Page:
We spoke with their older sister about the loss at the Redeemed Christian Church of God in Missouri City, where their parents are pastors.
To say the family is in mourning is an understatement. The victims' father is in Nigeria to look after things there, and their mother is still unable to speak publicly about the tragedy. Their older sister, who's never gone a day without talking to them, is now beginning a future without them.
On one side of the picture is Jennifer Onita, a former NASA employee working on her PhD in biomedical engineering. On the other, is Josephine Onita, who at 23, had taken over the family's tax preparation business and expanded it. She was an entrepreneur.
The sisters had flown from Houston to Nigeria last week with their brother-in-law for a friend's wedding. Their older sister, Christiana Onita-Olojo, is a new mother and couldn't make the trip. On Sunday, her husband texted her about a plane crash and that her sisters might have been on it. She called him.
"He was like, 'I don't know, I just know there was plane crash.' So I asked, 'what's the airline?' So I immediately was like, 'let me get on flight tracker,'" Christiana said.
Christiana is an assignment editor at Channel 13. Tracking down information is what she does best. So within a few minutes she knew that her sisters were on that flight. A friend confirmed to her that they hadn't survived.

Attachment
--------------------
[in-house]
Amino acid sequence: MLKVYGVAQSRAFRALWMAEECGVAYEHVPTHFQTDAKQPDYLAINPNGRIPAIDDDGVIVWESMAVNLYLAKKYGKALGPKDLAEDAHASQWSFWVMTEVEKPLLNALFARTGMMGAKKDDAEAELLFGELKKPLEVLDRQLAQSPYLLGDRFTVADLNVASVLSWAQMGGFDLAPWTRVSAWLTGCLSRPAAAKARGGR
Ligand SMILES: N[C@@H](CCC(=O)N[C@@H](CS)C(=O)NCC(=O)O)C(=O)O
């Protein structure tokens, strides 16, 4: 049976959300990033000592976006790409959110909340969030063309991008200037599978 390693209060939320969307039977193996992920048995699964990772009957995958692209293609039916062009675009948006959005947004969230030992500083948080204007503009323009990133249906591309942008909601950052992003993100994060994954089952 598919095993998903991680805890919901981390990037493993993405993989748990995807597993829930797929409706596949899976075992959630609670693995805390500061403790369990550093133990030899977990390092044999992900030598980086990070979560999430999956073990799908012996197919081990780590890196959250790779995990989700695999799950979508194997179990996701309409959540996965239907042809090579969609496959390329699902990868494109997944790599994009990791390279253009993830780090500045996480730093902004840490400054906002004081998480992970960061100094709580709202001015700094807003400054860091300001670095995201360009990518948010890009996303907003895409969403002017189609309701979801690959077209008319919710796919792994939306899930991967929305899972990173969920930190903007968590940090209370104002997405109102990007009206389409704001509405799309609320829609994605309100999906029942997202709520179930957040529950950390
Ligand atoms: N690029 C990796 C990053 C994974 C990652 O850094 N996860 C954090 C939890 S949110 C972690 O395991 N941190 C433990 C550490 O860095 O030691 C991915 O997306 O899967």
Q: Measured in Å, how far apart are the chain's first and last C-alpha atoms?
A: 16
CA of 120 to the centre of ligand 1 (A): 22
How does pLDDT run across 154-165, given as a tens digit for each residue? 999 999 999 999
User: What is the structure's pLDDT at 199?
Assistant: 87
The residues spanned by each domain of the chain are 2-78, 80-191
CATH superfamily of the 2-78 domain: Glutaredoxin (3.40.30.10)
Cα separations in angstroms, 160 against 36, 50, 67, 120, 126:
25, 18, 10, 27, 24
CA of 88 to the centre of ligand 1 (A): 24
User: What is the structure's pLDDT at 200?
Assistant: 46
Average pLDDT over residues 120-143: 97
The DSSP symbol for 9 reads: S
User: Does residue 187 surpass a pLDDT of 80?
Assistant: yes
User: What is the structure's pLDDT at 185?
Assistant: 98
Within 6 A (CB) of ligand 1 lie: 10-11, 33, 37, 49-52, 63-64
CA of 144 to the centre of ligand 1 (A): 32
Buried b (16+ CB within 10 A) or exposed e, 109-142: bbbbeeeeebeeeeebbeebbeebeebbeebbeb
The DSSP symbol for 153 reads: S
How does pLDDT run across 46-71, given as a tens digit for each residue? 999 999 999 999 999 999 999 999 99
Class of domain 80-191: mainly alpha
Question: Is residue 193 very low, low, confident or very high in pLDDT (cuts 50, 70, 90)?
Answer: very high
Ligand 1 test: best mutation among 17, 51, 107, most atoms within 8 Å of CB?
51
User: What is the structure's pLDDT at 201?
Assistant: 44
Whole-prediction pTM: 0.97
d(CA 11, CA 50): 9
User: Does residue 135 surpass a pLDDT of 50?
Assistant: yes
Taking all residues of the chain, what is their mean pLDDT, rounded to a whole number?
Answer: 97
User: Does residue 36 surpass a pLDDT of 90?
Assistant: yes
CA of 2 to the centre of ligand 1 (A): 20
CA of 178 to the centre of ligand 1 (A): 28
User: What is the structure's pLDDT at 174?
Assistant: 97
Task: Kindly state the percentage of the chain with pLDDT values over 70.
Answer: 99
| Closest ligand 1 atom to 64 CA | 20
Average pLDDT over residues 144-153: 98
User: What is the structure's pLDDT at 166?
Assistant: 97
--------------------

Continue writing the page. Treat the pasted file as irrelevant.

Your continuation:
"One of our friends that was there too heard that was there heard the names being read over the intercom system at the airport," Christiana said.
In a matter of moments, she lost her only sisters. She is now left with only a brother. And there's a profound empty spot in the heart of the family and in a community where they were destined to make differences in peoples lives, as one was a medical researcher and the other as a businesswoman.
But to Christiana, the most profound loss is that of her best friends.
"It's like part of my heart is missing," she said.
Memorial arrangements are pending.